Q: Should I use an aluminum or stainless steel prop? What’s the difference?
A: The primary reason to use stainless steel is durability–a stainless steel propeller will last a lot longer and will not be damaged by minor impacts that could tear up an aluminum prop. There are also performance advantages, because stainless props are typically more sophisticated than aluminum props–manufacturers will invest more in their design. So with a stainless steel prop, expect better all around performance–hole shot, speed, ability to stay on plane, better gas mileage. The downside? The cost to buy and repair stainless steel propellers can be double aluminum. And if you hit something very hard you can do more damage to the drive train–stainless steel won’t give like aluminum.
Q: What’s the difference between a 3 blade and 4 blade outboard or stern drive propeller?
A: More blades will give you better efficiency, hole shot and stern lift, but usually not as much top speed due to the drag created by the extra blade On a typical outboard or stern drive, we find that a 3 blade prop provides the best overall performance. If you do a lot of watersports, or fish in shallow water, you might want a 4 blade for the hole shot. Also, the new 4 stroke outboards create so much weight in the stern that a 4 blade is a must to lift the tail end and reduce squatting. So a 4 blade is typically best for special applications.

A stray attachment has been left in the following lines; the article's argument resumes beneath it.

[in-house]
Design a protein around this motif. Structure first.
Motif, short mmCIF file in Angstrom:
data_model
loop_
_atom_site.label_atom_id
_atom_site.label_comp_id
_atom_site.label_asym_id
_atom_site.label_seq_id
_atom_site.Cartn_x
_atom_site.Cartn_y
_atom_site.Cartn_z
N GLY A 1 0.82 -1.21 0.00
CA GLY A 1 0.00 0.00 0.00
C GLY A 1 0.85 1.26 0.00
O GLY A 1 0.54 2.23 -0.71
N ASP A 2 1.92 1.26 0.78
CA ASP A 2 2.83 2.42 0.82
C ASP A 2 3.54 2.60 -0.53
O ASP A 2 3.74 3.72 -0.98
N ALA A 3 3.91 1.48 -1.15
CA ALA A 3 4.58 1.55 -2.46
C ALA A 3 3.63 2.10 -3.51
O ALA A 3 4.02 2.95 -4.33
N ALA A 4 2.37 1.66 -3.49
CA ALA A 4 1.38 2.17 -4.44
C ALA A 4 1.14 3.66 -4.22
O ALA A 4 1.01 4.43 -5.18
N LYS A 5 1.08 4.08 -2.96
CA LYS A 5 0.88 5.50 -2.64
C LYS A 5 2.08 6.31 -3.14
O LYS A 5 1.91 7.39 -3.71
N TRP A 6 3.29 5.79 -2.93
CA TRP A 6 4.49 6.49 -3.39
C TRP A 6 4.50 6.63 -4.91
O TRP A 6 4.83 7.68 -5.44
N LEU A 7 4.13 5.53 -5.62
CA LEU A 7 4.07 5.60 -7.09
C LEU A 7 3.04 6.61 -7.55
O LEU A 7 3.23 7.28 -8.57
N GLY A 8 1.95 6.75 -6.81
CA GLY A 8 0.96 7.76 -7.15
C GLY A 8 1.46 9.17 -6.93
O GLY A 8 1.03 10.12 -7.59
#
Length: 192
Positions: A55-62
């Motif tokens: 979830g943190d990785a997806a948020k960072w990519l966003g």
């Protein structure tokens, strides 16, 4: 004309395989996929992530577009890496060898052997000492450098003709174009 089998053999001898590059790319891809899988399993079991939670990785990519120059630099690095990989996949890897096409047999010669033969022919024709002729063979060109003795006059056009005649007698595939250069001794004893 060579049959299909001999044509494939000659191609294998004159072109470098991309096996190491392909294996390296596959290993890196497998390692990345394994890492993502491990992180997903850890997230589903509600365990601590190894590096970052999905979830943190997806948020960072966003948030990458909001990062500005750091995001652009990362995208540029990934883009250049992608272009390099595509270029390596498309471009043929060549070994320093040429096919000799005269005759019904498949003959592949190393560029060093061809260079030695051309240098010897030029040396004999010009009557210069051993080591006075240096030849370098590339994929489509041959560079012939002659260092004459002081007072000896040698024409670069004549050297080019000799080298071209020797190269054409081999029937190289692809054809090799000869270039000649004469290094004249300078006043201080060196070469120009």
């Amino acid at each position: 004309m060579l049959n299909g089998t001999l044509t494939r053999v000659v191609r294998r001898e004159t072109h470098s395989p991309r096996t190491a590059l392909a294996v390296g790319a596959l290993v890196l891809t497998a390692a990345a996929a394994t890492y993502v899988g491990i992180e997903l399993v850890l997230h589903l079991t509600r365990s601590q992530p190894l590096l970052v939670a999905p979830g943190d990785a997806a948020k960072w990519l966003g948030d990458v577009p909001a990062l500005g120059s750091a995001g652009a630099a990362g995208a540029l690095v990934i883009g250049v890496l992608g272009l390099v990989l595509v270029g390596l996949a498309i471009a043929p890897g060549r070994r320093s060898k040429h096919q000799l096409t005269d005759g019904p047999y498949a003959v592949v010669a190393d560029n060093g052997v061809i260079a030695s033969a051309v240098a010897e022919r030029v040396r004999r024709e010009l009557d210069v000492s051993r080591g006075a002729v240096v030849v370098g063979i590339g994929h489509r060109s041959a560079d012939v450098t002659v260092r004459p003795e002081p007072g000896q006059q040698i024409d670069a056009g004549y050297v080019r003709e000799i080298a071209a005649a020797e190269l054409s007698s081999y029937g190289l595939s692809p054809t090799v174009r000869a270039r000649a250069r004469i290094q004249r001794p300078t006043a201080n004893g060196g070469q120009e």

Q: How many blades should there be on the propeller on my straight inboard boat?
A: There are a lot more design considerations when propping out an inboard. Typically on small and light boats 3 blade props will be fastest and most efficient. But most inboards will benefit from extra efficiency created by a 4 blade prop. On smaller ski boats, the extra blade gives better hole shot and keeps the boat on plane at lower speeds for wakeboarding. On bigger cruisers, the 4th blade can create more efficiency at cruise and a smoother ride. On bigger, faster cruisers you’ll often see 5, 6, 7 or even 8 blades–you need all that blade surface to harness all the horsepower those big boats create.
Q: Is my prop repairable?
A: Most times, it is. Very few propellers can’t be brought back to “like new” condition. Some exceptions include missing blades (up to about 1/3 gone is usually worth fixing) and severe electrolysis–those props won’t weld.